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NFL Scouting Combine

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Lions could find WR they're looking for in 2022 draft class

INDIANAPOLIS – New offensive coordinator Ben Johnson was clear when speaking to the local media assembled at the NFL Scouting Combine Tuesday that for this Detroit Lions' offense to take the next step, they need an outside receiver or two who can make plays outside the numbers and down the field.

The good thing for the Lions is it looks like there's plenty of those receivers in this year's draft. The Lions are likely to be in the market for a veteran receiver in free agency, which comes first, but don't be surprised if they double up their efforts to bolster the competition by selecting a young receiver in the draft too.

This year's draft class of receivers is one of the most skilled and deep position groups in this draft.

Garrett Wilson (Ohio State), Drake London (USC), Treylon Burks (Arkansas), Jahan Dotson (Penn State), Chris Olave (Ohio State) and Jameson Williams (Alabama) all made NFL analyst Daniel Jeremiah's list of the top 50 prospects. Lions general manager Brad Holmes said Tuesday receiver was one of the four deepest positions in this class.

The Lions could certainly be in the conversation at receiver with the last pick in the first round (No. 32) or the second pick on Day 2 (No. 34).

A player like Williams could make sense. He hauled in an Alabama single-season record four touchdowns of 70-plus yards this past season, leading all Division I receivers. He also totaled 11 touchdowns of 30-plus yards or more and finished third on Alabama's single-season receiving yardage list with 1,572 yards, trailing only DeVonta Smith (1,856) and Amari Cooper (1,727).

"My deep-play threat is exciting," Williams said Wednesday at the Combine. "It happens frequently, so I feel like it'll be a big add on to whatever team selects me."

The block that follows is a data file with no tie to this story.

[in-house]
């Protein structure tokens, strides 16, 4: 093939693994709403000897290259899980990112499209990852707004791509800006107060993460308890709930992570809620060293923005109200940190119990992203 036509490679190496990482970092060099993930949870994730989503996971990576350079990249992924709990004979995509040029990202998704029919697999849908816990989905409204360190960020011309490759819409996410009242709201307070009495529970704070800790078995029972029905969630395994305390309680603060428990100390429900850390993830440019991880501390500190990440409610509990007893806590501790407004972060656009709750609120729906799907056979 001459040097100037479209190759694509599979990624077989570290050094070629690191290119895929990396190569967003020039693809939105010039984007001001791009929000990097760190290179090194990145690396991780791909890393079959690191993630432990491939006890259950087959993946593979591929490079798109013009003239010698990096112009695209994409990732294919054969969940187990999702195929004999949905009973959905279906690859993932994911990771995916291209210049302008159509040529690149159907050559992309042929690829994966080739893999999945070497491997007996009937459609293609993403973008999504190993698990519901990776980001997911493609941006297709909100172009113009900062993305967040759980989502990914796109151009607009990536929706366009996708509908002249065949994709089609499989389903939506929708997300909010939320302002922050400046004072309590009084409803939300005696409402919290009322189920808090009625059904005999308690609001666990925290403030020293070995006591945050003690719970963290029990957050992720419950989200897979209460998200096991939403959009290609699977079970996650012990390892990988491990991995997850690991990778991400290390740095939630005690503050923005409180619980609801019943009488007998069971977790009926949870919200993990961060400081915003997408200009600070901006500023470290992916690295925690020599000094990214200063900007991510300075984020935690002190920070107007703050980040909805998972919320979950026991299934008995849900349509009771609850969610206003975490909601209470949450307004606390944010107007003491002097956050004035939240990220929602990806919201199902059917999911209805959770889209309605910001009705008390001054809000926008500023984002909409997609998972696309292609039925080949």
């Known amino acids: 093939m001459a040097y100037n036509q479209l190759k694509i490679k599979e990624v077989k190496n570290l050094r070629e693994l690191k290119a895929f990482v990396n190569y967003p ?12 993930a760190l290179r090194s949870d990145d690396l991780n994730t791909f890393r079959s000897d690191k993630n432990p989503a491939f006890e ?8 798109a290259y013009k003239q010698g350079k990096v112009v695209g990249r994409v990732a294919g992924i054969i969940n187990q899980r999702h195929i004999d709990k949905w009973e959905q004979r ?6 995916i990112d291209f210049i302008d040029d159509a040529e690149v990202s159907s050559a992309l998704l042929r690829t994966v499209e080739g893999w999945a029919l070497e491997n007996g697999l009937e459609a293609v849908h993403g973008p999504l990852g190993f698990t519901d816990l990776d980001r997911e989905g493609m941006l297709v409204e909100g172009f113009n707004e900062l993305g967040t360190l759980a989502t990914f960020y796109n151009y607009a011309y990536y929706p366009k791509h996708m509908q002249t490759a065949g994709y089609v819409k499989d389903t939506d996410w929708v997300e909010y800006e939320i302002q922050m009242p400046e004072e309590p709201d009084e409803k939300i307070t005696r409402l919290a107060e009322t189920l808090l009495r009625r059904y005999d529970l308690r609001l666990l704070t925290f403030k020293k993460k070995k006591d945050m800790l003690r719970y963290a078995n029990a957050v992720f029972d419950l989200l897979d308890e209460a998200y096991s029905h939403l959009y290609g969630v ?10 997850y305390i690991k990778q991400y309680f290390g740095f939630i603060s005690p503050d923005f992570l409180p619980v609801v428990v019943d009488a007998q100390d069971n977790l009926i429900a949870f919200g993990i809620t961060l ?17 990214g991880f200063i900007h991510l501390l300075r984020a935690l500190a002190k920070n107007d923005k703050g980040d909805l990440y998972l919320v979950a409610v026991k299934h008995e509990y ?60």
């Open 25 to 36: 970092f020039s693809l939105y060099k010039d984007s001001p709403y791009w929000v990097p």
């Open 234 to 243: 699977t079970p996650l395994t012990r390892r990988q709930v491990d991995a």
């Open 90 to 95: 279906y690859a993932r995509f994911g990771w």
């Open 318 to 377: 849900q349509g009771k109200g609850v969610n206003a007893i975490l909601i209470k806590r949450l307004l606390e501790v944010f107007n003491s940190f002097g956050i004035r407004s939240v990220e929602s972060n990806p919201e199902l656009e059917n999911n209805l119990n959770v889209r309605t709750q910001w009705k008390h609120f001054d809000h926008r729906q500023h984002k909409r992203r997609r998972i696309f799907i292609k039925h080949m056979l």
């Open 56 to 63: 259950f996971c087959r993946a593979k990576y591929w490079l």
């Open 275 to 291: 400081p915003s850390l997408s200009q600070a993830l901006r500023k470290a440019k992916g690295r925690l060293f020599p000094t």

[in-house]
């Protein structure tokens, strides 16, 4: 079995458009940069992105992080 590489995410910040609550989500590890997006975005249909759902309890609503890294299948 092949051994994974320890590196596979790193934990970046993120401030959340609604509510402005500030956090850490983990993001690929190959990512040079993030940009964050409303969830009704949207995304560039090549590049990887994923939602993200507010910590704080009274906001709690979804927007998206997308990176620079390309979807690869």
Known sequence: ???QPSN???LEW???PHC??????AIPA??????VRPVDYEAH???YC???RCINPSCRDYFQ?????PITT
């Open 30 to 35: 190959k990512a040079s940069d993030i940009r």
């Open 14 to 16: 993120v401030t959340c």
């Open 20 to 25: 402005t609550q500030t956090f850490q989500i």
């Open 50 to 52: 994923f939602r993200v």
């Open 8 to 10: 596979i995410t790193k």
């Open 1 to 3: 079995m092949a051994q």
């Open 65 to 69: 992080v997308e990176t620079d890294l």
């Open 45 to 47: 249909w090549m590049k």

Burks is a big, smooth, versatile athlete who was a jack-of-all-trades for the Razorbacks last season. He was really fun to watch when he was on the outside matched up one-on-one. The 6-foot-3, 225-pound Burks has to have custom XXXXL gloves made for him, because his hands are so big. He had eight catches for 179 yards and two touchdowns in a game against Alabama this past season.

Burks was asked Wednesday what the best part of his game is when he's playing out wide, and his response should excite Lions fans.

"Just being out there on an island being matched up one on one with a corner and just knowing that I'm fixing to go overpower him with my physicality and my speed and beat him one-on-one," he said.

Dotson (5-11, 184) could have some of the best hands in the draft and is another player who's expected to come off the board in the late first to early second-round range. He caught 91 passes for 1,182 yards and 12 touchdowns this past season for the Nittany Lions. He averaged better than 15.0 yards per reception during his Penn State career.

"Definitely my versatility, playing inside and outside, being able to play any wide receiver position on the field," Dotson said of the attributes he'll bring to the next level.

"When I get the ball in my hands, it's exciting. I'm an explosive player. Very fast. I can take the top off a defense. I'm just ready to make the most of my opportunity wherever I land."

London (6-5, 210) is a big-bodied receiver who says he tailors his game after other big receivers like Lions Legend Calvin Johnson and Tampa Bay's Mike Evans. He also played basketball at USC. London is so athletic, he said he can throw down a 540 dunk.

"I think I'm competing against everybody," London said of where he fits in this class of receivers. "We all have our different distinct versatile attributes, and that's what sets us apart from all of each other. And I'm just trying to find that one that I could set myself apart from everybody else."

It's certainly a deep and talented class at receiver, and it comes at a perfect time, when the Lions view adding a dynamic player on the outside as their biggest need on offense.

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